Please Update your browser

Your browser is out of date, and may not be compatible with our website. A list of the most popular web browsers can be found below.
Just click on the icons to get to the download page.

Jakarta Post

Can Myanmar’s second wave lead to ASEAN CDC formation?

  • Aung Win


Yangon   /   Thu, November 5, 2020   /   08:09 am
Can Myanmar’s second wave lead to ASEAN CDC formation? Volunteers sit at makeshift barriers blocking access to minor roads next to a sign urging residents to stay at home in Yangon on Sept. 11, as new restrictions have been introduced to try to halt a surge in COVID-19 coronavirus cases. (AFP/Ye Aung THU )

The rapid rise of COVID-19 in Myanmar has caught the attention of Asian neighbors and international organizations. Singapore, Vietnam, Thailand, South Korea, Japan, and China have provided aid to Myanmar to fight the virus. They are well aware that if the second wave in Myanmar is beyond control, it can become a threat to the health securities of the countries and the whole region. 

An article published in the Quarterly Journal of Medicine (QJM) called for the formation of the ASEAN Centers for Disease Control and Prevention (CDC). The article says “ASEAN countries are divided into the South East Asia Region (SEARO) and Western Pacific Region (WPRO) by the World Health Organization.” 

“ASEAN CDC can collaborate in sharing of real-time surveillance data and best practices, eliminating wildlife trade, maintaining supply chains, combating disinformation and vaccine development. The organization can act as the permanent regional body to combat the current and future pandemics. Moreover, ASEAN CDC can enhance inter-regional collaboration between the SEARO and WPRO regions.”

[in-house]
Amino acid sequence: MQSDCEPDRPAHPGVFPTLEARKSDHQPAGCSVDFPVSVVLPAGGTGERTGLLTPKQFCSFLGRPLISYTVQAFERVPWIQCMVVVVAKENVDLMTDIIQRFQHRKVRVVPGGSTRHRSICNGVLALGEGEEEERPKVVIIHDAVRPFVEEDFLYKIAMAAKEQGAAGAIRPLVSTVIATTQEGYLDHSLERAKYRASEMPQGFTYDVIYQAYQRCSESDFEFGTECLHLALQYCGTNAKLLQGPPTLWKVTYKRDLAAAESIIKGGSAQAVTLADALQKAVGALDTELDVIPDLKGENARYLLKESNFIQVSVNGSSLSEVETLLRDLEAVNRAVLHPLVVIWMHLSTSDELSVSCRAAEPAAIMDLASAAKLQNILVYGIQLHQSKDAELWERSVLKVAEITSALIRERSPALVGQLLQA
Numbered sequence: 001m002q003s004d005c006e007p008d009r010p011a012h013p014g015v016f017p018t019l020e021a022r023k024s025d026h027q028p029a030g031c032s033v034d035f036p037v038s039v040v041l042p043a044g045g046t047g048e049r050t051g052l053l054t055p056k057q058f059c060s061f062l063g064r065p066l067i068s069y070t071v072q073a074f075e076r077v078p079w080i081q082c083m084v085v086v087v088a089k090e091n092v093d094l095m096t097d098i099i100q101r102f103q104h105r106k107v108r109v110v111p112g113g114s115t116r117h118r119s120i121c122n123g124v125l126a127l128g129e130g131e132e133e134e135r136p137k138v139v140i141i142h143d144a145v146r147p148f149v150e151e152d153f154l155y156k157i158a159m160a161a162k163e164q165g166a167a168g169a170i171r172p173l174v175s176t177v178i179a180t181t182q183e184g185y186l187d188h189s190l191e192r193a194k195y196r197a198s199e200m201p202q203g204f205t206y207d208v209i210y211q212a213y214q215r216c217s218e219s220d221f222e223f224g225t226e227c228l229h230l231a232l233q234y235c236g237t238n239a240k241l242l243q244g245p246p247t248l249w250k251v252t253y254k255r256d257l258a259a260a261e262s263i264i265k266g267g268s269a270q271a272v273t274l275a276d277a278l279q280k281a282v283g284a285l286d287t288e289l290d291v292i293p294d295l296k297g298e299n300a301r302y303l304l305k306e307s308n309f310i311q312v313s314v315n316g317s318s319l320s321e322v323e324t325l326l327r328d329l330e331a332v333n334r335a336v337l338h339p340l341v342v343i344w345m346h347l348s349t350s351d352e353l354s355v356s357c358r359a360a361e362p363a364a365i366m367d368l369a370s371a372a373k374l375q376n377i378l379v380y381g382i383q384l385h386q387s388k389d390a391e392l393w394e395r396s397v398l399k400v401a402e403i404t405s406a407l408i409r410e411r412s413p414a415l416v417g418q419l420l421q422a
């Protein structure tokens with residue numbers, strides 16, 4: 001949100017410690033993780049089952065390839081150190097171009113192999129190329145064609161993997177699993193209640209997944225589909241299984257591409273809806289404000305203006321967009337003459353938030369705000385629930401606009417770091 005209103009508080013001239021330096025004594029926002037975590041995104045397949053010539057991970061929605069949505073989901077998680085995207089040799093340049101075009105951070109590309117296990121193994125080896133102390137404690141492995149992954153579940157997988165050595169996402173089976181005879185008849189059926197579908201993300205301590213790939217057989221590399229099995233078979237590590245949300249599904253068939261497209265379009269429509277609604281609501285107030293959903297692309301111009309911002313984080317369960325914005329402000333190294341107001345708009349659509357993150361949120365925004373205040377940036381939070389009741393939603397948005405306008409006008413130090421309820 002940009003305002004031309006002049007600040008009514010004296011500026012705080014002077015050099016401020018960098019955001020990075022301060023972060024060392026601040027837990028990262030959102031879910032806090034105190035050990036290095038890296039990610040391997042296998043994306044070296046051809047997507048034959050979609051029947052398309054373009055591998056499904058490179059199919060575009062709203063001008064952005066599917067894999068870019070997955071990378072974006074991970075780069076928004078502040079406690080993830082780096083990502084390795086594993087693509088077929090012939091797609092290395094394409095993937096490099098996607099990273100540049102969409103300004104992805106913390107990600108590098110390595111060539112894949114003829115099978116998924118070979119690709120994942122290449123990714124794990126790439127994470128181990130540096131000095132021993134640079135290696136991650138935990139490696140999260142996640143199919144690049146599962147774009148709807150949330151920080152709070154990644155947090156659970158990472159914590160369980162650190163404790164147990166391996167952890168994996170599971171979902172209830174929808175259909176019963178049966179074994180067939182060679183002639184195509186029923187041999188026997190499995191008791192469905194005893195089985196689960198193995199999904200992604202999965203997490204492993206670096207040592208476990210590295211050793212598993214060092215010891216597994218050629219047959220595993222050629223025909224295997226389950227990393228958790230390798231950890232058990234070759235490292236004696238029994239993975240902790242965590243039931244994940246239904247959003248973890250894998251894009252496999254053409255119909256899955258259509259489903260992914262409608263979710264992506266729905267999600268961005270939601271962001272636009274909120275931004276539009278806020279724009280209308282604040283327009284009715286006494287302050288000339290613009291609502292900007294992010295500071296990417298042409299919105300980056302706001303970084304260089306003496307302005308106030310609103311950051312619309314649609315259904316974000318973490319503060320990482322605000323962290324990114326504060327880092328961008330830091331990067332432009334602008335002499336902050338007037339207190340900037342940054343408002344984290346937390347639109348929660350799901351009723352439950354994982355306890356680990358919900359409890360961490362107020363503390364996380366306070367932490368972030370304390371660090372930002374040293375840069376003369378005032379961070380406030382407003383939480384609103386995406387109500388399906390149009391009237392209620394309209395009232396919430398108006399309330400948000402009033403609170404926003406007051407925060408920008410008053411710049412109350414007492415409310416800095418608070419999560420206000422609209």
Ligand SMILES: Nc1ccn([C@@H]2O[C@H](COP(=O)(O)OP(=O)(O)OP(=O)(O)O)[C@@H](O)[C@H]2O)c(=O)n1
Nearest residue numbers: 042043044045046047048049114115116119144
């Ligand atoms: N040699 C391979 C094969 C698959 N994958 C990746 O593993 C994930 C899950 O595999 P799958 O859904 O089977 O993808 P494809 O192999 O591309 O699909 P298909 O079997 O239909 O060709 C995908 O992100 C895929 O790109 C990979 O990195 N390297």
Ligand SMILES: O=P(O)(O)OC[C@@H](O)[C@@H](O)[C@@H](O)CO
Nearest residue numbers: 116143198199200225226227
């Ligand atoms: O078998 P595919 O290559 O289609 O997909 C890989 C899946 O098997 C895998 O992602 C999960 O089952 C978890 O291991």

ASEAN countries with weak health systems are especially vulnerable to new waves of COVID-19. 

China and Thailand have successfully contained the virus. On the other hand, India and Bangladesh are still facing high burdens of COVID-19. With poorly controlled border areas, there is the danger of spillover from neighbors with high burdens of COVID-19. 

If the human traffic at the porous borders is not controlled, Myanmar is at risk for new waves of infection. After case no. 375 was reported on Aug. 16, Myanmar authorities should have stopped all traffic and flights immediately, which is what China did when it discovered infections. 

Apart from lockdown, the driver substitute policy at the Chinese borders is a good example Myanmar can follow. Truck drivers entering from and leaving China should hand over their vehicles at the borders. 

Thailand has sealed its border with Myanmar for fears of the virus spread on its soil. When a local transmission was discovered in Bangkok, the authorities tested over 600 people. Myanmar, too, should have conducted more aggressive contact tracing and testing.

In Vietnam, the fight against the virus is seen as a national duty from the government down to the individual level. As a result, visitors arriving in the city of Da Nang voluntarily reported themselves to the authorities.